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How to Make Cold Brew French Press Style at Home

By coldbrewhub

C, F, L

Are you thinking about getting a cold brew coffee maker to brew cold brew coffee? You might not need one if you have a French Press. In this guide, we'll go over how to make cold brew coffee French Press style.

You might not realize that you probably have all the necessary tools at home to brew a nice refreshing cold brew coffee at home with a French Press!

French Press Cold Brew Coffee

Making coffee in a French Press can seem a little daunting for someone who has never done it before, but once you understand the anatomy of a French Press, applying the principles of cold brewing to it are pretty straightforward. What's more, French Press coffee tastes great even if you aren't making cold brew in it.

French Press cold brew mastery ensures that you get all the benefits of coffee (caffeine, antioxidants, and more) without the heat. Of course, you could go to your favorite coffee place or purchase a strange-looking machine to have it at home, but a French press was made for cold brew coffee (or it could have been), and it works just as easily.

LIST OF SUPPLIES AND INGREDIENTS

French Press

The first thing you’re going to need to make a French Press cold brew is a French Press. You can find a variety of options and styles on the market, and they are relatively inexpensive. You can usually find them for $20 or less, but if you want a higher-quality one, you might have to pay a bit more. For the recipe found below, you'll need a French press that can hold up to 34 ounces of water.

Note: The larger the French Press, the more cold brew you'll end up with.

Coffee Beans

You also need coarsely ground coffee beans, and you can use any beans you desire and may want to stick with your favorite one. However, most cold brew lovers claim that dark- or medium-roast varieties work best because they taste sweeter than a light roast. The cold brew process is much different than hot brew, so you need something that has more flavor nuance to it because some of the flavors are invariably going to be lost as opposed to traditional coffee in a French Press.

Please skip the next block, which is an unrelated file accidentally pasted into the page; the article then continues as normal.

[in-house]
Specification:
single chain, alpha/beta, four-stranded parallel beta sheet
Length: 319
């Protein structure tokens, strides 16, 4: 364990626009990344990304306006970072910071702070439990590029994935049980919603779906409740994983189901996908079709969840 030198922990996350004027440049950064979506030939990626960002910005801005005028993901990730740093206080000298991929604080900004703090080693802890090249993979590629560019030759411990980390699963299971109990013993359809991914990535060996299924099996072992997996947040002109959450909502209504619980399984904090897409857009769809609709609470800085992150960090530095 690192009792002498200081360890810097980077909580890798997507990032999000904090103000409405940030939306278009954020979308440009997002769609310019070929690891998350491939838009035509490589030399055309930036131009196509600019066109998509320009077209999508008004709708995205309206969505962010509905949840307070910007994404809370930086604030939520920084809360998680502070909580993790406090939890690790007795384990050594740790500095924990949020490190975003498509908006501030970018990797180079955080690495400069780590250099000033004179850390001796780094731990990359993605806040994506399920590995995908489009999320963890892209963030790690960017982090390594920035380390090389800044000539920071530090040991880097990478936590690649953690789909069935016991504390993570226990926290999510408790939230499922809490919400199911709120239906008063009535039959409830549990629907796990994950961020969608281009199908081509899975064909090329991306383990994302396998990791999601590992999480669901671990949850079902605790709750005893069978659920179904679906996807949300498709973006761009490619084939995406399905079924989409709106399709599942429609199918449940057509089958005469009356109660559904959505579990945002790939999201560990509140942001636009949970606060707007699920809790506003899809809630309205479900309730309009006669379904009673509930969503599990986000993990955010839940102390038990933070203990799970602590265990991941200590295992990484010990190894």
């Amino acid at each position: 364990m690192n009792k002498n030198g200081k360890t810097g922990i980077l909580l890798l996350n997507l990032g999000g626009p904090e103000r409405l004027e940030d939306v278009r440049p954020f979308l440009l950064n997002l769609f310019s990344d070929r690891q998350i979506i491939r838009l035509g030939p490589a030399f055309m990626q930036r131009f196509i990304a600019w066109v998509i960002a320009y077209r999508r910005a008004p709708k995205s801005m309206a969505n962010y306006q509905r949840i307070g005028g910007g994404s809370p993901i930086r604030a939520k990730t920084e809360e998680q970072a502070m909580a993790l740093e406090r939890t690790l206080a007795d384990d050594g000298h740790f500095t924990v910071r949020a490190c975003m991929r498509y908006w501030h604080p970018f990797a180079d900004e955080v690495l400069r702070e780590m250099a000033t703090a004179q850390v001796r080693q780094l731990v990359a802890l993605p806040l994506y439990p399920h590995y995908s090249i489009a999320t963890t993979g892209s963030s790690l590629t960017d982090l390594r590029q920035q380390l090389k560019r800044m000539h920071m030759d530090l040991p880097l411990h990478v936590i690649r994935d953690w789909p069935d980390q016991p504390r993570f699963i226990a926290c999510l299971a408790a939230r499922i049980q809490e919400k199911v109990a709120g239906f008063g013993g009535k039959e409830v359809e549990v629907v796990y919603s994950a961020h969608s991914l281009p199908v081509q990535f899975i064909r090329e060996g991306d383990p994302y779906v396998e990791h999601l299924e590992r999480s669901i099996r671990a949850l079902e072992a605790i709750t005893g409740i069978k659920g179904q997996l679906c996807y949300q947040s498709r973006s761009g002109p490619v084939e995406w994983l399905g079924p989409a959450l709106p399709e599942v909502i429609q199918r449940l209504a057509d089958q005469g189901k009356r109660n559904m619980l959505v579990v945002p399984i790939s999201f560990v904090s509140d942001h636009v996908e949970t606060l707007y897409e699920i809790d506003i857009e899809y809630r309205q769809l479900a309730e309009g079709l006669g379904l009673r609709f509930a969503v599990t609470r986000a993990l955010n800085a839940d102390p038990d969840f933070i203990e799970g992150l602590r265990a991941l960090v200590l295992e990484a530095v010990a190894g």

Coffee Grinder and Food Scale

The next piece of equipment is a grinder. You need it to grind up the beans because it is best to purchase the beans whole and grind them yourself.

However, if you’re in a pinch, you can grab some pre-ground coffee; just make sure that it is coarsely ground coffee. You need a coarser grind so that the grounds get pressed down and out of the way of the liquid without passing through the metal filter.

While it’s not a necessity for cold brew coffee at home, you may want to invest in a small food scale to ensure accuracy in the brew.

Filtered Water

You also need 887ml or about 3 3/4 cups of room-temperature, filtered water. The water you use makes a difference in how the coffee, tastes, so consider using bottled or filtered water over tap.

Quality Container

It’s also important to have an airtight, sealable container that is the same size as your French Press or a little larger so that you can pour your cold brew batch into it for storage. Some people also use a fine filter or sifter to catch any of the smaller grounds, but that isn’t absolutely necessary. If you have paper coffee-pot filters, these can work well to filter out more of the sediment from the French Press, after you make cold brew coffee.